A pair of award shows display an impressively tone deaf approach to women, Scott Morrison’s evolving views on preselection, and who is going to take over as media editor at the Oz?
From the Crikey grapevine, the latest tips and rumours…
Clean up your AACTA. The Australian Academy of Cinema and Television Arts had their annual awards on Monday, and their Twitter feed made some interesting choices for an organisation wrestling (as so many are) with how it treats women. See if you can pick a subtle difference between the descriptions of the following three actors as they walked the red carpet:
Yep: Melina Vidler is stunning; Sarah Wiseman is gorgeous; Simon Baker is … present, on the red carpet at the AACTAs. Curious wording which made us wonder, what on earth is happening over at AACTA headquarters?
You may have missed it, given the paucity of reporting, but a few weeks after he stood down as their president, the AACTA’s board sent Geoffrey Rush an obsequious apology, essentially begging their “prez” to come back and wishing him luck extracting a fortune out of a newspaper.
Quick reminder: Rush had stood down in early December 2017 because of sexual harassment allegations against him in the Daily Telegraph and an ongoing defamation case launched against The Daily Telegraph for reporting them. As AACTA board member Anita Jacoby — who refused to put her name to the letter — wrote in response, Rush’s resignation came at the request of the board, who “all agreed with Geoffrey’s choice of action” and in the three weeks since, nothing had materially changed.
A total footballs up. While we’re on the subject of tone deaf idiocy towards women at an awards show: this year, the magazine behind the Ballon d’Or — widely considered football’s highest individual honour — belatedly created an award for the best female player.
Ada Hegeberg, a 23-year-old Norwegian striker with a goal scoring record that would make Lionel Messi cry — she has 107 goals in 82 games for her current club, a strike-rate that puts her slightly ahead of Pele — was named inaugural winner of the Ballon d’Or Feminin. Just minutes later, she was asked by host Martin Solveig whether she could twerk.
Just as AACTA’s tweets are made worse by the context, Solveig’s jocular misogyny comes in the midst of a growing feeling that sport in general (and football in particular) has failed to join the Me Too moment. Hegeberg’s response, and the second of audience reaction that follows, says it all.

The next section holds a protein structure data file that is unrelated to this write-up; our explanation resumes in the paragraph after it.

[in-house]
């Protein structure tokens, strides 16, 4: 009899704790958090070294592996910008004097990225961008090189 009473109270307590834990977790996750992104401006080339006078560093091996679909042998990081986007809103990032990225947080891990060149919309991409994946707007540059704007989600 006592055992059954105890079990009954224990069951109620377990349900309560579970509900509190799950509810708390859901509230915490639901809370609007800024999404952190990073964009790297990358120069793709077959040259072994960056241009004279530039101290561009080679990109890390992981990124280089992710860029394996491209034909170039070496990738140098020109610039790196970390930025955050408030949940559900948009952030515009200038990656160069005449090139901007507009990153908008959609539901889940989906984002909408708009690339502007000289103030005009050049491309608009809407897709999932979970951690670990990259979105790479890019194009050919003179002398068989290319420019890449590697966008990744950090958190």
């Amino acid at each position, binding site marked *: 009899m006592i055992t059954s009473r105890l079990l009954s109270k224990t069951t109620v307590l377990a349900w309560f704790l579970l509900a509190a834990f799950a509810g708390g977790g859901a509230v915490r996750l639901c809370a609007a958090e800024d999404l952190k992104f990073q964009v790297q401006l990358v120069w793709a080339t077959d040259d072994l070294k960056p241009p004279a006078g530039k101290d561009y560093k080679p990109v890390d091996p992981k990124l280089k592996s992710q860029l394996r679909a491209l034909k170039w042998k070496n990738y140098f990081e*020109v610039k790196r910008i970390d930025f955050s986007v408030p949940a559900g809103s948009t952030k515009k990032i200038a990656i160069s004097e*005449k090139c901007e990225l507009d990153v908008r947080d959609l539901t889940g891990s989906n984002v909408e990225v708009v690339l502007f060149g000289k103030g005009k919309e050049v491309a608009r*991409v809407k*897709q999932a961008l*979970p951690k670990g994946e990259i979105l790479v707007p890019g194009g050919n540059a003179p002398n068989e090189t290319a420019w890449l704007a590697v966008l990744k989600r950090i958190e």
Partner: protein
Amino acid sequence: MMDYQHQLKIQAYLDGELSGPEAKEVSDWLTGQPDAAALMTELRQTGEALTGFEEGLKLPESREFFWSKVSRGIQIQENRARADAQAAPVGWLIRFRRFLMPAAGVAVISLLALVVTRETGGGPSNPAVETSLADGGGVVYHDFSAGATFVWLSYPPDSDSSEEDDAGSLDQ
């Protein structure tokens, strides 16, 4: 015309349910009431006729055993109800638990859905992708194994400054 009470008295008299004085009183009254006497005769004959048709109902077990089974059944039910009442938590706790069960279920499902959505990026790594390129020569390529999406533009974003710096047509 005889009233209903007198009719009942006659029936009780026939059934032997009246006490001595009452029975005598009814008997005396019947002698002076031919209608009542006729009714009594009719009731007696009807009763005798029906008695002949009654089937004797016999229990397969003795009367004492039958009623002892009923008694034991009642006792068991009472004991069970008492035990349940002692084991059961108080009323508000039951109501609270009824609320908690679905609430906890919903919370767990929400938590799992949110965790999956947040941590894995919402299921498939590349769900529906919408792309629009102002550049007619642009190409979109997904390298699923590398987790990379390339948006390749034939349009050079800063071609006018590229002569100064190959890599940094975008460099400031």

All preselection candidates are equal, but some are more equal than others. Finding it hard to follow Scott Morrison’s position on party preselections? Yep, we are too.
Morrison didn’t lift a finger to save female MPs like Jane Prentice, or Ann Sudmalis, when they lost preselection against male challengers. He did nothing in response to complaints by Lucy Gichuhi and Julia Banks about bullying. He couldn’t even bring himself to pick up the phone to Banks after she resigned from the party in disgust. But he drops everything to save far-right climate denialist Craig Kelly. Go figure.
The irony of course is that Morrison himself only has his seat because of a NSW party HQ intervention that ousted Michael Towke, who won preselection ahead of the 2007 election fair and square but was dumped following a smear campaign against him. When Prentice was knifed earlier this year, Morrison was gung-ho for party democracy. “Our party operates on the basis of rank-and-file preselections of party members here in Queensland, and it’s Queenslanders who are deciding who are representing us here in Queensland, not Canberra,” he said at the time.
But party democracy’s no good if far-right MPs threaten to throw the toys out of the pram. And now another far-right failure, Jim Molan, is demanding the same special treatment as Kelly, having come a distant third in the contest for the NSW Liberal senate ticket. Like Morrison, Molan professes to be a fan of party democracy, right up until it delivers a result he doesn’t like.
Red tweet for the base. Is Twitter going to shut down Senator Fraser “Oswald Mosley” Annings’ Twitter feed? That’s what we hear, and with contributions like the following, it’s really not difficult to imagine why:
Watch this space.
Is Qantas keeping mum? Ms Tips received word that Qantas is telling pregnant staff members in the corporate head office that their roles won’t be covered while they’re on maternity leave, as a part of new cost cutting measures. Our tipster felt this went against the company’s ostensible commitment to diversity. “How does this help with diversity when pregnant women are basically being told that they’re roles are redundant the moment they go on leave!”
A Qantas spokesperson was adamant they were fulfilling their legal requirements: “Anyone taking parental leave from Qantas has the right to return to the same or other suitable role when their leave is finished and Qantas has the very high rate of parents returning to work of 96%,” they said.
Brook-ing no argument. So we’ve heard that once Stephen Brook’ leaves his role as media editor at The Australian, the frontrunner to replace him is none other than Aaron Patrick of The Australian Financial Review. Our tipster said Patrick had been approached and that he was considering it. We got in contact to ask him if he had a new gig, but Patrick politely declined to comment.